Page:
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Posted by on May 14, 2014 in Business Issues | 0 comments

Success in Business is all in the Mind

There is a common belief that people who are “doers” are more successful in business because they get things done. Other terms used to refer to these active people are “movers” and “shakers.” This is undoubtedly true when you are referring to people who have a task to do.

But what if you need someone who thinks rather than acts?

People with big ideas are often decried as “dreamers” as if that was a dirty word, but other words that may apply included “visionary” and “creative.” It all depends on where these ideas lead, and what will be done to make it a reality.

Dreamers are an integral part of the business process at any stage of its development. New businesses cannot get off the ground without a good concept. Established businesses need to keep their product or service offerings consistent but also to offer something new on occasion to maintain and expand their market share. Sometimes, it is also necessary to be able to “think outside the box” to solve problems that appear to have no solutions.

Dreamers and doers are not mutually exclusive concepts; a successful entrepreneur needs to be both, especially when operating a small business. To paraphrase author T.E. Lawrence, people who are successful in business are those who dream with their eyes open.

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Posted by on Apr 7, 2014 in Business Issues | 0 comments

Concerns for Business Owners: Protecting Intellectual Property

Starting a business includes conceptualization of a business name, a business logo and products or services that are exclusive to the business firm. These are products of planning and creative thinking by business owners to keep their firms competitive and sought after due to their unique quality service. Thus, to protect and recognize the efforts put into businesses by their owners, including the time and costs incurred during the conceptualization, planning and execution stage of whatever business-related improvements decided upon, laws have been formulated and passed.

One specific law that gives copyright holders and the US government extra capability to stop access to fraudulent websites, where selling of counterfeit or infringing goods is the main trade, is the PROTECT IP Act or PIPA. PIPA, the shortest acronym for Preventing Real Online Threats to Economic Creativity and Theft of Intellectual Property Act, was introduced on May 12, 2011. It is actually a re-write of COICA (Combating Online Infringement and Counterfeits Act), a bill which was not approved in 2010. Another related bill that was introduced on October 26, 2011, was the SOPA or Stop Online Piracy Act.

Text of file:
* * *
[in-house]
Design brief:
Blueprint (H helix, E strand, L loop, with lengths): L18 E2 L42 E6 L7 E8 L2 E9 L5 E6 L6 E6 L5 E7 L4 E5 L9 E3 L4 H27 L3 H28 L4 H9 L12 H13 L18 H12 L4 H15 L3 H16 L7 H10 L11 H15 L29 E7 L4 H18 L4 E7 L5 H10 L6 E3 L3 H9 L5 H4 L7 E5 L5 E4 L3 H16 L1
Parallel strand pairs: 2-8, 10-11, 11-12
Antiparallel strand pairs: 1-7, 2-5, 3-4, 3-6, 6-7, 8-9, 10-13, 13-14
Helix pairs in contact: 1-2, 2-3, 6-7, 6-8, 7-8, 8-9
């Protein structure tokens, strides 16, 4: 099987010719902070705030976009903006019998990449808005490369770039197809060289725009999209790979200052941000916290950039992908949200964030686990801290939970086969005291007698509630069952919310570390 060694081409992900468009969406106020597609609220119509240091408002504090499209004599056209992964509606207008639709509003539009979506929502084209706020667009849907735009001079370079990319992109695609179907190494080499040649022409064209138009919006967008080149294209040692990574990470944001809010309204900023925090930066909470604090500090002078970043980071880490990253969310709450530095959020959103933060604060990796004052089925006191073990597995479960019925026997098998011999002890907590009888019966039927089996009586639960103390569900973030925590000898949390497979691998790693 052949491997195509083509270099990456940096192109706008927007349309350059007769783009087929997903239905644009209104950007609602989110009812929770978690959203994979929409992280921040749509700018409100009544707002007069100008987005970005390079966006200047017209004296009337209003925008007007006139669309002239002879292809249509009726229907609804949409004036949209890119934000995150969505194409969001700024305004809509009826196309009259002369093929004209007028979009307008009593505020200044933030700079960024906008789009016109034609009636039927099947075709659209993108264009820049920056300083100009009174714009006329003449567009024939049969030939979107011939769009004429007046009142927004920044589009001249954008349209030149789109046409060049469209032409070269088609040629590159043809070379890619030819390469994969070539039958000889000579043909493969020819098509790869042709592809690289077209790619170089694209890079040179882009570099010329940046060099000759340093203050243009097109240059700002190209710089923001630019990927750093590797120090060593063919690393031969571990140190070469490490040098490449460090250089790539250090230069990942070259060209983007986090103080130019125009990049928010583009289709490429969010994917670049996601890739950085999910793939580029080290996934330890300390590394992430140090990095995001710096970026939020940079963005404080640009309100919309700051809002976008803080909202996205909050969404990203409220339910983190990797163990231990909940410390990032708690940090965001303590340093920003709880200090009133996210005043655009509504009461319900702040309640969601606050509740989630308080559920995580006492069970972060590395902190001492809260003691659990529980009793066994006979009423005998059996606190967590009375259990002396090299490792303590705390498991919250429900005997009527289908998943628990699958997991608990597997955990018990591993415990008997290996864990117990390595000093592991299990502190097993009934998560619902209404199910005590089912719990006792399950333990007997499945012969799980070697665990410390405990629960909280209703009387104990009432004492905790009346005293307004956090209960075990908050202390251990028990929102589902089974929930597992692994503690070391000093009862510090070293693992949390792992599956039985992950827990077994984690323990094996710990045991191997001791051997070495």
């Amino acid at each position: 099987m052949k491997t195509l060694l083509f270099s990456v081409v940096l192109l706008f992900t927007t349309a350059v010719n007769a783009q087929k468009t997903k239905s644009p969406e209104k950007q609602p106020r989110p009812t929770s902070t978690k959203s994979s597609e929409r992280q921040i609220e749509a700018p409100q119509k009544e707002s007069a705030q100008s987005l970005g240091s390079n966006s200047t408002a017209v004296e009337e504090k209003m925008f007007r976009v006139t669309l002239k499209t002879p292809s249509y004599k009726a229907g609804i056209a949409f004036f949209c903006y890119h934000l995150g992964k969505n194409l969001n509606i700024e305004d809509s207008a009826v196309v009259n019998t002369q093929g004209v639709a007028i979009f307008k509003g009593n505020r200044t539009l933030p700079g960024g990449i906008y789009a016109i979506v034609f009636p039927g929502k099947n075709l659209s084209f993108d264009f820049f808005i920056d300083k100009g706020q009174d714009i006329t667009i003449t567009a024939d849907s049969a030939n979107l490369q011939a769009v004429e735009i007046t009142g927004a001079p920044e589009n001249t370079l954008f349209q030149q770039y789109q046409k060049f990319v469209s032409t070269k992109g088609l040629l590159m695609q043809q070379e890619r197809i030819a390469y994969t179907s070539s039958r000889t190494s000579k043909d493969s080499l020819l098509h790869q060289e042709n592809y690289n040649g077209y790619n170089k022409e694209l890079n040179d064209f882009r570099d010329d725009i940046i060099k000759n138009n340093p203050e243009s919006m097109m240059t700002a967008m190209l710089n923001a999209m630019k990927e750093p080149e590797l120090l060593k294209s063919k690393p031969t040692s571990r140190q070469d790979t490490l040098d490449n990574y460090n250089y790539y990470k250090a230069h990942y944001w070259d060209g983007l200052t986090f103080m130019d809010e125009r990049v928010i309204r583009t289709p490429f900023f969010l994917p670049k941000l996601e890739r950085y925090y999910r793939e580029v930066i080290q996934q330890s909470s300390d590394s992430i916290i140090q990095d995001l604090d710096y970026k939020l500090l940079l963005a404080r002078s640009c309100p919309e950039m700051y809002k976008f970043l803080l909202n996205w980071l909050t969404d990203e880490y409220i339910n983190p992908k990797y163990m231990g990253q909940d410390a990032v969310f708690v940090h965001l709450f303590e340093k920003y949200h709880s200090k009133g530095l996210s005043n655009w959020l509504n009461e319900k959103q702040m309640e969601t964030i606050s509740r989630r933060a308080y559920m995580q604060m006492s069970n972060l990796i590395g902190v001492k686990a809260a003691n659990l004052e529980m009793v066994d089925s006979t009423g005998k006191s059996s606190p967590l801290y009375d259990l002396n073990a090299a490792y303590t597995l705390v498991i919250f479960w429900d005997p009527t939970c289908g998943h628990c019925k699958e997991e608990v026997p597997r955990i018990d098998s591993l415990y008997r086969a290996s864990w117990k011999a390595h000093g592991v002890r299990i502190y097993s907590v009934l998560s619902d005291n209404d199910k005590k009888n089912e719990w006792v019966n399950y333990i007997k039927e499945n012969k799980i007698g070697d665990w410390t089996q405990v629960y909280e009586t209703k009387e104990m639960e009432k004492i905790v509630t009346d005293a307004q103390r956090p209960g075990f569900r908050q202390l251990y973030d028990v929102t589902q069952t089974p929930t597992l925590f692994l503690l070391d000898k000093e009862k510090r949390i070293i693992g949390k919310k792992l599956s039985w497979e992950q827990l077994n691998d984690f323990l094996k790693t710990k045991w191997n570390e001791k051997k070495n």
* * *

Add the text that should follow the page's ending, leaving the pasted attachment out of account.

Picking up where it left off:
“Infringement,” under PIPA’s definition, refers to any act that will enable or facilitate the distribution of counterfeit goods, as well as violation of the anti-digital rights management technology. This is because of the recognition of the exclusive rights to the creations of the mind, such that each unique good, or improvements in existing goods, would be the intellectual property (IP) of the one who conceived such good or improvement.

The intellectual property law grants owners exclusive rights to their intangible assets, like music, literary pieces, other works of art, inventions, discoveries, newly formed words, symbols, designs and phrases. Some types of intellectual property rights are trade secrets, trade dress, industrial design rights, patents, trademarks and copyright.

A copyright is aimed at protecting different forms of artistic and written expression, while a trademark is meant to safeguard a symbol or a name which identifies the specific provider of services and/or goods. A patent, on the other hand, is a legal document that is issued by the US government to grant inventors the right to exclude others from copying or selling their inventions (unless rights have been transferred or granted by the inventor to others through inheritance, renting or selling). A patent usually lasts for 20 years; upon its expiration, the right to exclude others stops.

Often, finding the right employees, who can be trusted with company trades and secrets and who can contribute greatly to the growth of a company, is a challenging task, especially if the firm lacks the instruments necessary in screening applicants well. The emergence of functional employment testing firms, however, changed the face of the hiring process, helping employers find the right people for the right job. Through pre-employment screening, these functional employment testing firms are able to specifically identify applicants’ (as well as existing employees’) skills and capabilities and determine whether they are capable of meeting the job’s basic requirements.

Protecting your intellectual property, besides entrusting your company’s growth to capable and trustworthy employees, should one of your major concerns as a business owner. Rather than hiring just anyone, only to compete with them or others who are able to benefit greatly by copying your company’s secrets and/or legally protected inventions, make sure you hire the right people; hiring the services of functional employment testing firms may be additional company cost, but you will soon find out that doing so is more beneficial in the long run.

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